In high-risk aviation maintenance facilities, the aircraft maintenance technicians, production, and quality can be endangered by improper health and safety concerns. The maintenance facilities are responsible for providing organization to the facility and promoting a responsible culture of flexibility, concern, and learning. The culture of the maintenance organization needs to be flexible to changing health and safety requirements, the concerns and safety of their active workforce, and to provide a stable platform for the rolls of work, communication, and health and safety to burgeon and flourish (Karanikas, 2018).
Health and safety should always maintain a positive, proactive approach. Communication leads the way on forward-thinking, and the positive organizational culture provides the ability for the workforce to communicate and learn from experience and concerns safely. A flexible organization will be able to adapt to changing requirements and the needs of the workforce. The aircraft maintenance facility will experience fewer mishaps by maintaining the positive cultural aspects of their actions. A healthy workforce under less stress will work more efficiently and correctly (Karanikas, 2018). This can all be obtained with the concerns of health and safety regularly promoted within the organizational goals and active work culture.
The ongoing health and safety culture of aviation maintenance facilities will start at the top of the organization. The directive goals, culture, and behaviors of the facility will permeate throughout the organization with regular and general enlightenment of the workforce and the managerial employees. Health and safety have been indoctrinated into the aviation maintenance technicians, and maintenance facility concerns and behaviors should further train the like-minded safety principles into everyday actions.
Fear of punishment for concerned communication should be mitigated by the resultant reactions following by understanding and monitoring the situation or alleviating the risks with appropriate developments.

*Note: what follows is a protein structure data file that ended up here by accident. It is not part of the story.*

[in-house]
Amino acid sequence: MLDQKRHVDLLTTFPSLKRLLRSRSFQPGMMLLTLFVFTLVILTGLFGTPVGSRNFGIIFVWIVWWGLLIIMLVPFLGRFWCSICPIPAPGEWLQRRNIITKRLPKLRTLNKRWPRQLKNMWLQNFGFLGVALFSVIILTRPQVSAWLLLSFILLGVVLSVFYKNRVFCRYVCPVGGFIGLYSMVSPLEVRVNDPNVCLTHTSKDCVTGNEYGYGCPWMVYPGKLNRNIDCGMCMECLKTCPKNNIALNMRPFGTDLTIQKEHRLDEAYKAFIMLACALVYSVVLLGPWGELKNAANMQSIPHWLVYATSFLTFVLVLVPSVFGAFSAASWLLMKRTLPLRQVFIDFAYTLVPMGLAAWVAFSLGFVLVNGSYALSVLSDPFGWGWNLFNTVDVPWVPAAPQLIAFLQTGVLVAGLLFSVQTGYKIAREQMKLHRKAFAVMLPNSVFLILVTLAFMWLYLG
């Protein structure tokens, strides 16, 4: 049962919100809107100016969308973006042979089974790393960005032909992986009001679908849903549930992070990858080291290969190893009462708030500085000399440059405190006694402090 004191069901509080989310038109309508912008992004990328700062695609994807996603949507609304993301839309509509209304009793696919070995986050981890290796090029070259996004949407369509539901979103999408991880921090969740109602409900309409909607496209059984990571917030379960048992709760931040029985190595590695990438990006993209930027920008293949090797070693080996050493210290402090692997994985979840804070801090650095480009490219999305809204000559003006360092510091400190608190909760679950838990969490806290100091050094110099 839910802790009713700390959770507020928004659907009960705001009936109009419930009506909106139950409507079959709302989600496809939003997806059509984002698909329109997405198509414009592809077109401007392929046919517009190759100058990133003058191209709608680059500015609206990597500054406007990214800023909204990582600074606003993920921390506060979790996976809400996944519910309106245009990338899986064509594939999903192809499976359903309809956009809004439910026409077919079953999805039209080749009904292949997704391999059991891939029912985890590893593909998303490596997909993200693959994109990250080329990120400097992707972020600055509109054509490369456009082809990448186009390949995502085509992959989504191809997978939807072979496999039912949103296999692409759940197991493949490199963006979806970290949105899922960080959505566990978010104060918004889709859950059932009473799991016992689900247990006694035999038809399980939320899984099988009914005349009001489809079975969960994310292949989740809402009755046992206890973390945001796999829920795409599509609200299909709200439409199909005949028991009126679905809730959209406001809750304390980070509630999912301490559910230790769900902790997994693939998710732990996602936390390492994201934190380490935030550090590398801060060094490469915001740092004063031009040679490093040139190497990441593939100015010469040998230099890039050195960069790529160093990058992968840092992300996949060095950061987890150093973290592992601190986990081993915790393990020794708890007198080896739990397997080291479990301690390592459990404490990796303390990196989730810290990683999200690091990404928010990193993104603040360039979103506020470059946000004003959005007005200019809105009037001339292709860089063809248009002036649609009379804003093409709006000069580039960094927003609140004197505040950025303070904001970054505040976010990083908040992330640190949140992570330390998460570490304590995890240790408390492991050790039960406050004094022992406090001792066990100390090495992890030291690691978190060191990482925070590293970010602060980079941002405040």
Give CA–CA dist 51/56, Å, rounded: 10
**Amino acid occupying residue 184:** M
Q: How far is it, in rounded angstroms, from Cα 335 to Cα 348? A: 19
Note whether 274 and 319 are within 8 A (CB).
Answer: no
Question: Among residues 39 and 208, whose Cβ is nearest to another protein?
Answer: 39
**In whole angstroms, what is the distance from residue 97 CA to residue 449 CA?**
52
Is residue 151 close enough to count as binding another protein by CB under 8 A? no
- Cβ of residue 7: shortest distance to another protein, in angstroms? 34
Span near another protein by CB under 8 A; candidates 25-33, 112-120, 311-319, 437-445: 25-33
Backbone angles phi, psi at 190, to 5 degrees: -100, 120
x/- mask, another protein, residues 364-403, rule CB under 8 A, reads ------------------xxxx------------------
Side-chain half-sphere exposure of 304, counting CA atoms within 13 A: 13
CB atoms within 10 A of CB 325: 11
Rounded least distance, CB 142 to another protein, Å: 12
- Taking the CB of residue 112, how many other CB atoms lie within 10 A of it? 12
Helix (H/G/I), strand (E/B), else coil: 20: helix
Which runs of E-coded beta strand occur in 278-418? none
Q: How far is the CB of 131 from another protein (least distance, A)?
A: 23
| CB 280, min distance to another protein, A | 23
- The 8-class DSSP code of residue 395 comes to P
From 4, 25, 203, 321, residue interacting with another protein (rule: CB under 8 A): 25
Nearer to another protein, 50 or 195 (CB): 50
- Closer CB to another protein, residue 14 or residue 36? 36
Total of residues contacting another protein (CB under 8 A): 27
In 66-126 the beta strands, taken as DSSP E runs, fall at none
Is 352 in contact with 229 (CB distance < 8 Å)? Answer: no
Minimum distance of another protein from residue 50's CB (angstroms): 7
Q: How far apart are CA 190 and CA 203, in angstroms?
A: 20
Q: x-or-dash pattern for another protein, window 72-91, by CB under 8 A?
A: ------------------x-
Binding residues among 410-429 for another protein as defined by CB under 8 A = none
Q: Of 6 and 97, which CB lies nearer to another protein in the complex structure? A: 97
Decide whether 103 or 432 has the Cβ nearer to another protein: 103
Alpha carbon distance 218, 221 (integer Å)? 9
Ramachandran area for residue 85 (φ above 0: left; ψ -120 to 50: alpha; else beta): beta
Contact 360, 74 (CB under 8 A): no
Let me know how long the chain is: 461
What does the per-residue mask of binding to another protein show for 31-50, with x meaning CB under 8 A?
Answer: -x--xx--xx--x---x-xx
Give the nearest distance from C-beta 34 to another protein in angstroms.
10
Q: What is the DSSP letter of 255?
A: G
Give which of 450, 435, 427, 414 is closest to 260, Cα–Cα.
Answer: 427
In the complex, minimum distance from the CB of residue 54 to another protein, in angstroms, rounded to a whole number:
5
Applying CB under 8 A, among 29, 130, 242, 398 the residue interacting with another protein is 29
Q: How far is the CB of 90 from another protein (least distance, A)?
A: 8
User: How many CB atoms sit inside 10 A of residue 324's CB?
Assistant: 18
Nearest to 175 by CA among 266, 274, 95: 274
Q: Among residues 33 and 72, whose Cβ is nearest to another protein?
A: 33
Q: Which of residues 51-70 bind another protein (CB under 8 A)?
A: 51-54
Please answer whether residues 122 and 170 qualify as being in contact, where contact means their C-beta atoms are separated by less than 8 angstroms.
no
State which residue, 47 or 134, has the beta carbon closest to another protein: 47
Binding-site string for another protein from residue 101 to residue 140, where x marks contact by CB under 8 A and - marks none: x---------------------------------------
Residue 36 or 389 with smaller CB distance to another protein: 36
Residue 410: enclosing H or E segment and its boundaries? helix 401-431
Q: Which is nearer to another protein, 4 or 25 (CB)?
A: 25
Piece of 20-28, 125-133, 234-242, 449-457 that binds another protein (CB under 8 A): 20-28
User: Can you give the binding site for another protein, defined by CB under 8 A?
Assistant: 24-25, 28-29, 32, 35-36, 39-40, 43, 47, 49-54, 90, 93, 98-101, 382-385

Aviation mechanics experience various levels of exposure to risk in the field of aviation maintenance. Environmental and chemical exposures for aviation mechanics who work outside are commonly viewed as unavoidable or lessened with the action of worn protective gear, facility maintenance, or limited activity under certain conditions. It is the responsibility of the maintenance facility to provide adequate safety gear and protective actions to improve safety and limit the health concerns of the maintenance workforce (Hobbs, 2011).
Aviation maintenance firmly connects to the culture of safety. The field of AM is a fast-paced organizational model that is regulated and managed to produce repeatable results. Should the slightest mistake or complication occur on an aircraft flying at altitude, the relevancy of human factors appears to investigate, analyze, and risk management. A more significant error may result in catastrophic potential. Aviation is a low probability high consequence venture. The aerospace administration, airline corporations, and aircraft maintenance facilities do their very best to reduce the occurrence of accidents and issues during operations. The first sight and focus of aviation is perpetually the safety and security of the aircraft and its performance. The safety and health of the operators and maintenance professionals should also be a primary goal of these regulatory agencies and corporations. Aircraft maintenance facilities engage in disassembly, restoration, and reconstruction of aircraft; even the provision of safety equipment and warnings to protect the professionals is a natural concern. The overarching health and safety of maintenance professionals are just an applicable standard quality subject to the organizational culture of each facility with dire consequences for the maintenance specialists exposed to indifference.